Australia Has The Means To Lead The World

We just have to find the political will

Consider the following: Germany has 25 times more wind energy installed than Australia, even though the best wind sites in Germany are less windy than Australia’s worst commercial sites: 20,622MW compared to only 817MW in OZ.

Japan and Germany each have 24 times more solar electric (PV) panels installed than Australia, despite significantly poorer solar resources - by the end of 2005 both countries had 1400MW compared to Australia’s paltry 60MW.

The report Energy [R]evolution: A Sustainable World Energy Outlook, produced under the scientific leadership of the German Space Agency (DLR) in co-operation with the European Renewable Industry Association, the Global Wind Energy Council and Greenpeace International, provides a blueprint for how to halve global CO2 emissions within the next 43 years,

Energy [R]evolution shows how we can cut global CO2 emissions 50 per cent below 1990 levels by 2050 (which must happen if we are to stabilise the increase in global temperatures at +2C) while allowing for an increase in net energy consumption, especially in developing countries; providing better energy security than reliance on conventional “business as usual” technologies (the IEA’s “World Energy Outlook”); and phasing out nuclear power completely by 2030 without reliance on unproven and risky future developments in so-called “clean” coal technology

Under the global energy scenario, renewable energies will represent the backbone of the world’s economy - not only in OECD countries, but also in developing countries such as China, India and Brazil. Renewable energy can deliver nearly 70 per cent of global electricity supply and 65 per cent of global heat supply by 2050.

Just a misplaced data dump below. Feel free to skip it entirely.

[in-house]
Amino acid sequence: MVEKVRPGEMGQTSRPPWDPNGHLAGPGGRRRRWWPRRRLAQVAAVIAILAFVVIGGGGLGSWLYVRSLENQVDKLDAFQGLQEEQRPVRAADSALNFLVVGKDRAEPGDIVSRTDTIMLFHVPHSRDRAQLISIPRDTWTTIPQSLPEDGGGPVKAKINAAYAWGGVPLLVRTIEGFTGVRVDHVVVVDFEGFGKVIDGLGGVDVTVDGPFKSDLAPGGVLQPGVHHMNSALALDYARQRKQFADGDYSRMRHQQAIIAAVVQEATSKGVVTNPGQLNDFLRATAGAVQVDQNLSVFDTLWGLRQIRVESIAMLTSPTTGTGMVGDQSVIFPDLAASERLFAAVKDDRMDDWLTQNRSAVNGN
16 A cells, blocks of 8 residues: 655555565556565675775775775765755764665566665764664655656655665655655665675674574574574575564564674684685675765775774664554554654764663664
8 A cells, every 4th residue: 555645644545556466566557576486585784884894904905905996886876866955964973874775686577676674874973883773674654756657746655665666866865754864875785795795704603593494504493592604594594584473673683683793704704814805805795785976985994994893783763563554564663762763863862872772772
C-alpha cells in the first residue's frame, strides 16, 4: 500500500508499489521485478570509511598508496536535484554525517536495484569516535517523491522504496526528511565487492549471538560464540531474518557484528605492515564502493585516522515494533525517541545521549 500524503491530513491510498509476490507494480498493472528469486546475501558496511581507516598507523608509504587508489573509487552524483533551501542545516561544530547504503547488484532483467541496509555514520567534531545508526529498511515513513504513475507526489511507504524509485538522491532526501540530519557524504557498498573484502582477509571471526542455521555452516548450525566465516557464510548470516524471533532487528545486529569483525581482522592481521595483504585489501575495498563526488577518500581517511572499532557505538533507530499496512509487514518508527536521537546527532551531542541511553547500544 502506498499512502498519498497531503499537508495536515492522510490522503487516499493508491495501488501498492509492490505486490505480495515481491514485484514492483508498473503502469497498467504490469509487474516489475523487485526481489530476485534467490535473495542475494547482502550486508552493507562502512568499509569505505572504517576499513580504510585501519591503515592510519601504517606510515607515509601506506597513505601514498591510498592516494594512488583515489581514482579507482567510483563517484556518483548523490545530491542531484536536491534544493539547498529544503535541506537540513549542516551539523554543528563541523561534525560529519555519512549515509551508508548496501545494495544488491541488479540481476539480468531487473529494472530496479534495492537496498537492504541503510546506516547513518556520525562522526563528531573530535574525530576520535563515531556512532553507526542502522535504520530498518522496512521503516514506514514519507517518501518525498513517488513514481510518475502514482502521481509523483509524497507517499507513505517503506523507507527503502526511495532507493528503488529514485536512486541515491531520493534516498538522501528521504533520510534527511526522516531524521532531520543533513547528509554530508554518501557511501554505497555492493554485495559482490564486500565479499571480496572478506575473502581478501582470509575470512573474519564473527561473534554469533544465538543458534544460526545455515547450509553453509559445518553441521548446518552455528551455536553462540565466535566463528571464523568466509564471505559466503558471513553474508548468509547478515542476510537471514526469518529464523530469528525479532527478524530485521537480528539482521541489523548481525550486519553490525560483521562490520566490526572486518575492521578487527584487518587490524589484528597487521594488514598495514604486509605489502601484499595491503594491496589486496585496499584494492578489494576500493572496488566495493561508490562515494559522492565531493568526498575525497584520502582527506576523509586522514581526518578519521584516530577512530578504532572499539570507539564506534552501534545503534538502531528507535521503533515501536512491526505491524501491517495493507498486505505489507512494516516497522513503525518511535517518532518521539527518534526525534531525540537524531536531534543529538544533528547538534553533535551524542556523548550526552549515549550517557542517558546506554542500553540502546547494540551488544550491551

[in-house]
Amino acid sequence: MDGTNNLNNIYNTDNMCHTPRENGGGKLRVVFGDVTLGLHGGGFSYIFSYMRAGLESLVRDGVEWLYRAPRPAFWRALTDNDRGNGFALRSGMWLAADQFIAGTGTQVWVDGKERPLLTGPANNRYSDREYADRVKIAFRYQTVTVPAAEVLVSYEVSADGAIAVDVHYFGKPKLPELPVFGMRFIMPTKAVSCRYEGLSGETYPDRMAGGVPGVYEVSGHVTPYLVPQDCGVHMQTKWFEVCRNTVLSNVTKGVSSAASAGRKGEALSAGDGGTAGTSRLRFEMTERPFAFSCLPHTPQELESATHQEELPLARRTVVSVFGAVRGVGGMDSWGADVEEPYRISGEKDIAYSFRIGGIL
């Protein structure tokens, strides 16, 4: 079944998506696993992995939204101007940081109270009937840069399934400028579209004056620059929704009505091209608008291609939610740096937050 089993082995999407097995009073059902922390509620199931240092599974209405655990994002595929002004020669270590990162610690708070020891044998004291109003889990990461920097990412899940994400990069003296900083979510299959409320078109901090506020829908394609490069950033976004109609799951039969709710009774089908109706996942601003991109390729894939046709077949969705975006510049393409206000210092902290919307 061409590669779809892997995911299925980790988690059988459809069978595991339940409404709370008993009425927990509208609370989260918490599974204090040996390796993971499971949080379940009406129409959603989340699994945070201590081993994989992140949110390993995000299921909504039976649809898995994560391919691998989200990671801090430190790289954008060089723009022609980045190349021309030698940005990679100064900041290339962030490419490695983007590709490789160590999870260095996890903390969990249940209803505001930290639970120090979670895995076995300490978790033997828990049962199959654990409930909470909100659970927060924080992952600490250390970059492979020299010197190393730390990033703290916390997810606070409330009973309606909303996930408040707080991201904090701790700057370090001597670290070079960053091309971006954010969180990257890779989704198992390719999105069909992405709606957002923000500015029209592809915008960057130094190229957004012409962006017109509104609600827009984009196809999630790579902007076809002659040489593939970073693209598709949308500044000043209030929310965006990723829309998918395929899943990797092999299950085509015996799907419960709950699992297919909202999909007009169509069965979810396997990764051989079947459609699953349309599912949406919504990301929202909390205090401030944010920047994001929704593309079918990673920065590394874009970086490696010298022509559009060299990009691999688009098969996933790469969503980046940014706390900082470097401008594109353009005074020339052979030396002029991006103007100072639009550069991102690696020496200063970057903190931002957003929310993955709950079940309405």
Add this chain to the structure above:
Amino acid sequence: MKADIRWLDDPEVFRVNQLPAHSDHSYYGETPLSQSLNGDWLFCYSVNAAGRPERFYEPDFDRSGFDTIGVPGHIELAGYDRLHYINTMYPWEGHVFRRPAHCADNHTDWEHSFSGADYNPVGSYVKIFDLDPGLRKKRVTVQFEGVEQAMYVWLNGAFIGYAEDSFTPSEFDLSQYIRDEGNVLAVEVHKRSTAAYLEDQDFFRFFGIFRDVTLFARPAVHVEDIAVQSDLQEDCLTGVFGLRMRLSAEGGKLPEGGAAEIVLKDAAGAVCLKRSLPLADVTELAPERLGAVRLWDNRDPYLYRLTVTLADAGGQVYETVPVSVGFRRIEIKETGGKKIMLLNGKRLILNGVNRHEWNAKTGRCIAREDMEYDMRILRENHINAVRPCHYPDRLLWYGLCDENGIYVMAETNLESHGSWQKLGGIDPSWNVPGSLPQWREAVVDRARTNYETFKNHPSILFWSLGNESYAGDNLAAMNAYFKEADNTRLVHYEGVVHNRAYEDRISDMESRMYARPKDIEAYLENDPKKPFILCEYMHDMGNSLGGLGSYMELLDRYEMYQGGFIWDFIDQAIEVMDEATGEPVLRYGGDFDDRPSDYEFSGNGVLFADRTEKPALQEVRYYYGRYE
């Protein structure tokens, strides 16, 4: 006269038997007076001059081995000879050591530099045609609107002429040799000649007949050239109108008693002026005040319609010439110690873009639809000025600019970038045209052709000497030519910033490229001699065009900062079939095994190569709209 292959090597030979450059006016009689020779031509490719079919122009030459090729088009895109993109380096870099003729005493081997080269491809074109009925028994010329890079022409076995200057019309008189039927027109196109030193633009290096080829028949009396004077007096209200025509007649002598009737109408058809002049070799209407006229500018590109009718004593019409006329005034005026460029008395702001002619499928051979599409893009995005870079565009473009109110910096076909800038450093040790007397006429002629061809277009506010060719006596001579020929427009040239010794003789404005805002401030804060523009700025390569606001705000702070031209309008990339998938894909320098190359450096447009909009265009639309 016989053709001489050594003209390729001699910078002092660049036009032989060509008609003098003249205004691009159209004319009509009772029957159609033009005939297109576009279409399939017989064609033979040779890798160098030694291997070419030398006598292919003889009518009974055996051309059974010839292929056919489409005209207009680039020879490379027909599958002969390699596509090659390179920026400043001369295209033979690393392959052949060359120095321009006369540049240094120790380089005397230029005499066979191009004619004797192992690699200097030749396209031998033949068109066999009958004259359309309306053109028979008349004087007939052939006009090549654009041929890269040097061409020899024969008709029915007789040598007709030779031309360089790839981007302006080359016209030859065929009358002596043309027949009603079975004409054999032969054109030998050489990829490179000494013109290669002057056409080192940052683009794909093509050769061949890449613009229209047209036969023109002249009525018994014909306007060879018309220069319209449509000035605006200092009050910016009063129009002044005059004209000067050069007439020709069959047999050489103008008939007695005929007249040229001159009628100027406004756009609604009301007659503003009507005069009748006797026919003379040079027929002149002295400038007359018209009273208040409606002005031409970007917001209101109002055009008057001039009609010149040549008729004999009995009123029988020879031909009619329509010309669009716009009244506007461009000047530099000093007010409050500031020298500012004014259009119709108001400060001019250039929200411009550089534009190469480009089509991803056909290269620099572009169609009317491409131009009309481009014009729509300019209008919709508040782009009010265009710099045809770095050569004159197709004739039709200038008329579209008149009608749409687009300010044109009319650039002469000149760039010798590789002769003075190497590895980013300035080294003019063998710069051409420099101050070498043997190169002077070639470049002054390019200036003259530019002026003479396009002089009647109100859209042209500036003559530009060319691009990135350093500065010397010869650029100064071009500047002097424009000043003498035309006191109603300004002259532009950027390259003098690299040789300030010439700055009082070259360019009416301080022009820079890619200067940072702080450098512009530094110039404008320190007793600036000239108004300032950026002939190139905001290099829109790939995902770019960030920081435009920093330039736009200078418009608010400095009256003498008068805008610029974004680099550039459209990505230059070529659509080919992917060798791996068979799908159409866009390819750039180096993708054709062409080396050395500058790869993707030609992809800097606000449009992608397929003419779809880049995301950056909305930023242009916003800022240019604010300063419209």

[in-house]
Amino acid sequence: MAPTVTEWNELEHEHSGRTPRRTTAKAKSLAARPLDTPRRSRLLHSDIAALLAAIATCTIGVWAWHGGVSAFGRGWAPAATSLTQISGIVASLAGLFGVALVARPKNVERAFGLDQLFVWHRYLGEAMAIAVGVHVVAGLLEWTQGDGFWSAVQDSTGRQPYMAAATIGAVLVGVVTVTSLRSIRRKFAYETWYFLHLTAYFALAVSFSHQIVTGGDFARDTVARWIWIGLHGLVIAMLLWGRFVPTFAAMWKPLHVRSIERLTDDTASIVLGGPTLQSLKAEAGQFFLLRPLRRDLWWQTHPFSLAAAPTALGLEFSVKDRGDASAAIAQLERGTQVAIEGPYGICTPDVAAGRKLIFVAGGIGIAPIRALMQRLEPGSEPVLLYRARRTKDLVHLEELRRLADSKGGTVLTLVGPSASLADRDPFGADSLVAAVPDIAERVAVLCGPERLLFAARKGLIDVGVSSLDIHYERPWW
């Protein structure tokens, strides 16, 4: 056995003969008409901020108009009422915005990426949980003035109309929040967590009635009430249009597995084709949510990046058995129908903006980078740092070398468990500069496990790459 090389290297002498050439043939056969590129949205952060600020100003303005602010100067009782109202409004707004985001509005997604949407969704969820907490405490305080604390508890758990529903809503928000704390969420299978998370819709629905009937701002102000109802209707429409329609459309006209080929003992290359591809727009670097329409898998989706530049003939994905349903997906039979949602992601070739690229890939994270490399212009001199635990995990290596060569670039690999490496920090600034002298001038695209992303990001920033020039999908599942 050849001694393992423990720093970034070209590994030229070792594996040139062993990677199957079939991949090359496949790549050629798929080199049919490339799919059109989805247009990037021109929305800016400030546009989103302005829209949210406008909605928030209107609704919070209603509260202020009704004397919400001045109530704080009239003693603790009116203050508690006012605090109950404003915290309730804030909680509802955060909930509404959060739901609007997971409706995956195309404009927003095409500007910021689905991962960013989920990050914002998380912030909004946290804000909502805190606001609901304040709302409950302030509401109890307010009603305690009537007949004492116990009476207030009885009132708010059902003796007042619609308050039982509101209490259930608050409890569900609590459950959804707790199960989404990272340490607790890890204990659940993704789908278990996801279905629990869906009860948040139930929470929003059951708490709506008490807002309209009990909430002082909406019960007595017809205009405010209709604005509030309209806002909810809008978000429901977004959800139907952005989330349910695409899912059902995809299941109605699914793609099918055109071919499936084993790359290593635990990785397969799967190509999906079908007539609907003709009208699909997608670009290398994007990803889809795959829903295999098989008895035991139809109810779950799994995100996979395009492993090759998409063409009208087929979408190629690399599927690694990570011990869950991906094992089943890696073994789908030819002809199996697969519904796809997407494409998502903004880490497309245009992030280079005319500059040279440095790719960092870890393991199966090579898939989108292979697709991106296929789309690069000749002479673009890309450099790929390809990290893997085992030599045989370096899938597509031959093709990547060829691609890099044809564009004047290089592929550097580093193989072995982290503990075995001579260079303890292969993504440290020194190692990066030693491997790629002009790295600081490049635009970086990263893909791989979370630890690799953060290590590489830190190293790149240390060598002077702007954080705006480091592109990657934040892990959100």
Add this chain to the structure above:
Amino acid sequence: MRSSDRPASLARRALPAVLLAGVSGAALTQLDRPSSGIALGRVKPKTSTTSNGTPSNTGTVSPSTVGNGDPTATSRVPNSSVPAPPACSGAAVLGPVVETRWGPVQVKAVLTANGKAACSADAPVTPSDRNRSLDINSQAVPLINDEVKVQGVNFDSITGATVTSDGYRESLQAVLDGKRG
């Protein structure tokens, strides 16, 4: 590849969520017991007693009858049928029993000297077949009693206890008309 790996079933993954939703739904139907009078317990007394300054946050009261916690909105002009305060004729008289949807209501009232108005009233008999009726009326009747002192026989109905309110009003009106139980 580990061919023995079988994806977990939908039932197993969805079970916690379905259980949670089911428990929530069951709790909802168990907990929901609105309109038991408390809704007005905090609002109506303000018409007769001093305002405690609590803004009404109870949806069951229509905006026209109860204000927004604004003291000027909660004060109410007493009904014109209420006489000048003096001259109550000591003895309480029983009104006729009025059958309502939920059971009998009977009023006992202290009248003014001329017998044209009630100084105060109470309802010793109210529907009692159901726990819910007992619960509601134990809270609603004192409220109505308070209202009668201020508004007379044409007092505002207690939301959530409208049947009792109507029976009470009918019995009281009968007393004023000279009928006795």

Renewable energies are competitive, if governments phase-out subsidies for fossil and nuclear fuels and introduce a “polluter-pays” principle. A recent report found that Australian federal and state governments subsidise fossil fuel industries to the tune of $10 billion every year. If politicians are serious about climate change, these subsidies must stop. Ask your federal election candidates to do so before you give them your vote!

Yet Australia is lagging far behind the rest of the world when it comes to both energy efficiency and renewable energy. The argument that you can’t run an industrial economy on renewable energy spruiked by John Howard is false and misleading.